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It is fast approaching that time of the year when movie studios are ready to unleash their blockbuster slate upon the masses, with hopes of making a pretty penny at the box office. Yet there is one film prime to reel in the punters with no need for assistance from the movie gods, and that is the latest offering from writer/director/producer and all around good guy, J.J. Abrams and his Super 8.

We first got a glimpse at Super 8 mid last year with a tasty teaser trailer promising much fun. A full length trailer followed during Super Bowl weekend, and fleshed out the story of a sci-fi thriller set in 1979 that focuses on a group of friends who investigate mysterious happenings around their small town following a mysterious train crash.

Now here we are barely a month from the official release of Super 8 and Paramount Pictures have arranged for a sneak peek to a room full of bloggers and critics, and if this glimpse is any indication of what to expect, then Abrams has another hit on his hands.

The footage begins with Abrams talking about the origins of Super 8, with the film a combination of two different ideas: the first a nostalgic drama about a group of kids who create movies on their Super 8 camera, and the second as sci-fi thriller about a creature who escapes Area 51.

With the blessing of none other than Steven Spielberg (the film’s producer who green lit the idea with a click of his fingers), Abrams went about casting his characters with one golden rule: no “Hollywood kids” would get to play these young characters, who were influenced by the “goofball I was and the goofballs I knew growing up”, to quote Abrams.

After several reminders of the unfinished quality of the footage (SFX and score still need some tweaking), Abrams introduced a 10+ minute scene which begins with main goofball Joe Lamb (Joel Courtney) eating dinner with his father (Kyle Chandler).

It quickly becomes known that Joe’s mother is dead, leaving the men on their own. Concerned that his son spends too much time with “kids who run around in monster makeup”, Papa Lamb signs his son up for baseball camp that summer.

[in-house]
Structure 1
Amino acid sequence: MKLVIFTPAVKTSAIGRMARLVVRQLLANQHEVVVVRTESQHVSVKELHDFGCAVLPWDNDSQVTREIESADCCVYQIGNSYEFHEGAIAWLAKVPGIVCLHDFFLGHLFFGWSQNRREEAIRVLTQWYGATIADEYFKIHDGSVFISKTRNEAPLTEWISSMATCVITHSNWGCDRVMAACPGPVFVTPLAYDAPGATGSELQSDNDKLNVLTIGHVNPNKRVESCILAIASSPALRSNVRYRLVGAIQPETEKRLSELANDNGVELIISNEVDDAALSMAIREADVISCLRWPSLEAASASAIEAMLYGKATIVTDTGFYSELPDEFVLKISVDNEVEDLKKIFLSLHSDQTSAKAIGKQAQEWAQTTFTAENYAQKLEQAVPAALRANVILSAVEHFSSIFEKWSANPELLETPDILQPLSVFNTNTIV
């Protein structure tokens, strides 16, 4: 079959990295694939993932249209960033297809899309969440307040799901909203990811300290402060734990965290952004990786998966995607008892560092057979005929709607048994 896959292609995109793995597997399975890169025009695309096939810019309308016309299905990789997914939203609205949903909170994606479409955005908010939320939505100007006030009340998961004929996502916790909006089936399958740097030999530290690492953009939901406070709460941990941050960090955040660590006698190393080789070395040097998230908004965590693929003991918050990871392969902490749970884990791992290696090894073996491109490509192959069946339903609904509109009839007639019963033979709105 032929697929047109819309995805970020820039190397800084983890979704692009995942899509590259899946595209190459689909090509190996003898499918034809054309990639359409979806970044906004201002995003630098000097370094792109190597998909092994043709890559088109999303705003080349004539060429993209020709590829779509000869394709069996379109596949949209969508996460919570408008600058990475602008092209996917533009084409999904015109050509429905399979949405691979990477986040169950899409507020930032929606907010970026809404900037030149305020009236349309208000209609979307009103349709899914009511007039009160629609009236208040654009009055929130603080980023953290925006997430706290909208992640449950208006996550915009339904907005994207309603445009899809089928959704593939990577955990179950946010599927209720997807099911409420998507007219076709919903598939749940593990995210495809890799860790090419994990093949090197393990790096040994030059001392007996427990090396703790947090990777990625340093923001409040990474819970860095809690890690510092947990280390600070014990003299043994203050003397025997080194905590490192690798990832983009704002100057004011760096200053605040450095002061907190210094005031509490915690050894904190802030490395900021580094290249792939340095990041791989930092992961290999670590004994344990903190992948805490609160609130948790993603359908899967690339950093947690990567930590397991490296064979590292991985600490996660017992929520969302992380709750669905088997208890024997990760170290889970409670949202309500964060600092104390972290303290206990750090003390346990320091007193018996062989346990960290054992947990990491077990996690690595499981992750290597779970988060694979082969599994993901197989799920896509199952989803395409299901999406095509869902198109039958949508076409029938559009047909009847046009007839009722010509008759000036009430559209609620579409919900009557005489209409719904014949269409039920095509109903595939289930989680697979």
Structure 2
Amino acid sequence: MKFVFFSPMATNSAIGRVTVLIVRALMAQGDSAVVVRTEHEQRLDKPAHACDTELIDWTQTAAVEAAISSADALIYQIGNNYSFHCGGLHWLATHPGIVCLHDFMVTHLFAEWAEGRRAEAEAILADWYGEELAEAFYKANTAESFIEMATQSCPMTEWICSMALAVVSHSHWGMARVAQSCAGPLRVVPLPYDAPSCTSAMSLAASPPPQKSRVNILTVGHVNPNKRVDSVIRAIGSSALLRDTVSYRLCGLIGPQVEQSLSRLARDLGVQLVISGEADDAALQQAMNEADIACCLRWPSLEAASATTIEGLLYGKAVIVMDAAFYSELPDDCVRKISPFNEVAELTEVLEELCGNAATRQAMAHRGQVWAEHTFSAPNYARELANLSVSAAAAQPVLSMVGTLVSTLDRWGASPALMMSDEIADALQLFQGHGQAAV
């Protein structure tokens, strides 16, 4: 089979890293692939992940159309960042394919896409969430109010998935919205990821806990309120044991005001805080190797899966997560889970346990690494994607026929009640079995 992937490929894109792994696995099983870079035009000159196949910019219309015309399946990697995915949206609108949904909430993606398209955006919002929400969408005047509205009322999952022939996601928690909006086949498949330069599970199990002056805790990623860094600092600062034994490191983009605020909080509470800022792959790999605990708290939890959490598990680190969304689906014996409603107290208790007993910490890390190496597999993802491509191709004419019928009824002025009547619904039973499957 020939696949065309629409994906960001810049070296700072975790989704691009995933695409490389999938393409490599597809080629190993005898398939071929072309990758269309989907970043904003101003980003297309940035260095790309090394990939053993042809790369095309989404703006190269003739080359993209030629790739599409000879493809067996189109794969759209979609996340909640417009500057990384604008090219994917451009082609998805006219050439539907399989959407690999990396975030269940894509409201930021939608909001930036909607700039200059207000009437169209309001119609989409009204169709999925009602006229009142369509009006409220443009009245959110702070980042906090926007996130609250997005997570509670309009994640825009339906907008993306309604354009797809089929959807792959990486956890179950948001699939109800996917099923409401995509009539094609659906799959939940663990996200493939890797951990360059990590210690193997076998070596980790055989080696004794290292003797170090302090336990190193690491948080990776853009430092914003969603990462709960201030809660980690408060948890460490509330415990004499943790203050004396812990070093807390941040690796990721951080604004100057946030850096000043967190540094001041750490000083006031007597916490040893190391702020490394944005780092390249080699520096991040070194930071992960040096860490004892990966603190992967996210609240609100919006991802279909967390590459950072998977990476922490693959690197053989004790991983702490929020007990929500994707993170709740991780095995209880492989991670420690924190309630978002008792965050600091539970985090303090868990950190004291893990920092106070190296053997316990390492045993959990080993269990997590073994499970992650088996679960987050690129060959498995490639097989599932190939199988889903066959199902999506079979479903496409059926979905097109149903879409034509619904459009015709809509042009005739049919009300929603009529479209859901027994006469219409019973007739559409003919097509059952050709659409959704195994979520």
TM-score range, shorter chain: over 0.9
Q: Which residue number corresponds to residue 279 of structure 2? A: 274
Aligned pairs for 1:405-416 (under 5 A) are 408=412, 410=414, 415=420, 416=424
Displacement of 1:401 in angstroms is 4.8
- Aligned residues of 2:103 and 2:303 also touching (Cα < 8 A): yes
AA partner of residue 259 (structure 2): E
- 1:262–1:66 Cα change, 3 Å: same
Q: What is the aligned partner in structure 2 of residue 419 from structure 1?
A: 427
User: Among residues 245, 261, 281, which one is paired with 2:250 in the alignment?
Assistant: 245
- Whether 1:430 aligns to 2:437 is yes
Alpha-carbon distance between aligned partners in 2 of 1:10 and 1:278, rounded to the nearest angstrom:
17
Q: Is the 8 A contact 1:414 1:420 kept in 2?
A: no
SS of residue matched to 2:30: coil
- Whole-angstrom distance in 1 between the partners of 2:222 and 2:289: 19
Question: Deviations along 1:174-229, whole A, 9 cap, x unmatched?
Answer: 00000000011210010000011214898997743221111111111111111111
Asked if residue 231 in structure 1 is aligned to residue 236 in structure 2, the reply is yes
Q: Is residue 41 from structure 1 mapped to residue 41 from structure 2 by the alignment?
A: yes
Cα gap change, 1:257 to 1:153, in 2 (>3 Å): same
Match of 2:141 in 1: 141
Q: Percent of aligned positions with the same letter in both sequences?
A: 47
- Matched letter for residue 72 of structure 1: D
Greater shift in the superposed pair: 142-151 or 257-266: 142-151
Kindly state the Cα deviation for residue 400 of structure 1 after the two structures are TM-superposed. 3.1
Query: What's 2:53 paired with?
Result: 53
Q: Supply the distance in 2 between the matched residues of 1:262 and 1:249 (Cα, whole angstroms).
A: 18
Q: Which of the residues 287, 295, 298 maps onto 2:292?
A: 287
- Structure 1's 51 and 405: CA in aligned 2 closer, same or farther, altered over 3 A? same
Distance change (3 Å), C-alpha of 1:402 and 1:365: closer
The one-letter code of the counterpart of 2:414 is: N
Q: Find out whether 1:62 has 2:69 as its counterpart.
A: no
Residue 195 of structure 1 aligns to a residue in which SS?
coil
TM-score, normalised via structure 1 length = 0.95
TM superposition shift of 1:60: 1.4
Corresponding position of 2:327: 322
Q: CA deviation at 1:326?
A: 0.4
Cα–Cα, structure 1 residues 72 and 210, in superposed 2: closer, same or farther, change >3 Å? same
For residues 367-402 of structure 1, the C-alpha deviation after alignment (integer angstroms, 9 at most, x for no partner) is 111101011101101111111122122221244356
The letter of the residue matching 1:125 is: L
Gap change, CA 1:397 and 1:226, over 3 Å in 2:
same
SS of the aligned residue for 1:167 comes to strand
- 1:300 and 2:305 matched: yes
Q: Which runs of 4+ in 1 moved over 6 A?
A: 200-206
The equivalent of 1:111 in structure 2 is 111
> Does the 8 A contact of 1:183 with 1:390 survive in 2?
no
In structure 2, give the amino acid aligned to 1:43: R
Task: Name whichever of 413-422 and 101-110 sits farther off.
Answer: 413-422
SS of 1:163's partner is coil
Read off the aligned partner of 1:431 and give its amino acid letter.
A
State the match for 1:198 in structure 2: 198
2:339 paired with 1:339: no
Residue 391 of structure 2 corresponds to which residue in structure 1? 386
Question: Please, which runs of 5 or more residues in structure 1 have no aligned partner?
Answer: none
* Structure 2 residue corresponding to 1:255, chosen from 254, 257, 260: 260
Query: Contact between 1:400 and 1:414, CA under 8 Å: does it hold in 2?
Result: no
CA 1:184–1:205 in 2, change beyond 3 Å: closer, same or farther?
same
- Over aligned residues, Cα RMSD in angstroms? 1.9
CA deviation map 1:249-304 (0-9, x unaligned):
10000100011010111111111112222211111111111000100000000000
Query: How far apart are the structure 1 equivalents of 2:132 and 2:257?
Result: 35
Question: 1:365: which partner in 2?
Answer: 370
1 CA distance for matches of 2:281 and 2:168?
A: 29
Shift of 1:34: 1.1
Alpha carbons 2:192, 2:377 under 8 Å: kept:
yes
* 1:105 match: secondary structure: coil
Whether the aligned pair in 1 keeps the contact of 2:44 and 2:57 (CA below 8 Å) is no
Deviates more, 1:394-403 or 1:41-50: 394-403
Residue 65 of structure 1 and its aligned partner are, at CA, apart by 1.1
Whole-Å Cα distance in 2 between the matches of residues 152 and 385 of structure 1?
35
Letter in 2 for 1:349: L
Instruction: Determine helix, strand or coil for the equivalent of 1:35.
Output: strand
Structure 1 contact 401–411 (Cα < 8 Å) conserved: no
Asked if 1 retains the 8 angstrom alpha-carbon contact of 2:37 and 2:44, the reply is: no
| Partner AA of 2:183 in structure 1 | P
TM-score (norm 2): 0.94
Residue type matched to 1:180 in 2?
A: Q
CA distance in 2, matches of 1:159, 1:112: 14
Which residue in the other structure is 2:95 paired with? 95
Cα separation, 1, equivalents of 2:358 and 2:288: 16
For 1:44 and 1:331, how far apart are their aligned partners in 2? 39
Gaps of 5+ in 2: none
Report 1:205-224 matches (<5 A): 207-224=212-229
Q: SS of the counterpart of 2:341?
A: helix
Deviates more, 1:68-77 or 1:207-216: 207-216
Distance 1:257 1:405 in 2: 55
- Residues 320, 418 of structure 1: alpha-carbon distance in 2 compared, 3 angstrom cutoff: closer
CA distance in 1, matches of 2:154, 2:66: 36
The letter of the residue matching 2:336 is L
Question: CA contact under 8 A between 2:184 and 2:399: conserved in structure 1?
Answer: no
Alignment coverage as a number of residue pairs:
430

Undeterred, Joe sneaks out of the house later that night to join his friends for another round of filming their movie, written and directed by Charles (Riley Griffiths) a perfectionist with a taste for quality production value and last minute script changes.

Joe’s love for making this movie is equal to that for Alice (Elle Fanning exuding a confidence beyond her years), the wild child and only girl in their movie project, who “borrows” her dad’s car so the crew can make their way to a train station on the outskirts of town, where the next scene of their opus is to be filmed.

This gives way to the money shot seen in all of the promotional material: the derailment of a cargo train, carrying something out of the ordinary which escapes into their town. Big, loud, and undeniably thrilling, it is a scene which will no doubt feature at the top of many “best scenes of 2011” lists, with train carriages dropping from the sky like bombs, while Joe and his friends run for cover and away from the army who arrive on the scene to inspect the collateral damage and any signs of whatever was being transported.

Another scene was also shown, this time set in a service station where the clerk and a police officer come face to face with the unidentified beast, to their misfortune and our viewing pleasure.

As quickly as it began, the sneak peak at Super 8 was over, and just like any other tasty morsel a demand for more was evident by the vibe from a satisfied audience of film writers.  

Who can blame them? In no more than 15 minutes, Super 8 has proven itself to be a film which heralds back to a time where movies were filled with wonder and excitement. Tone wise it is clear that Abrams is going for the Spielberg-ian vibe of his 1970s and 1980s work such as E.T. and Close Encounters of the Third Kind, and the child actor classics Stand By Me and The Goonies.   

Action, comedy and suspense were rolled into one exciting yet all too brief package. June never felt so far away.


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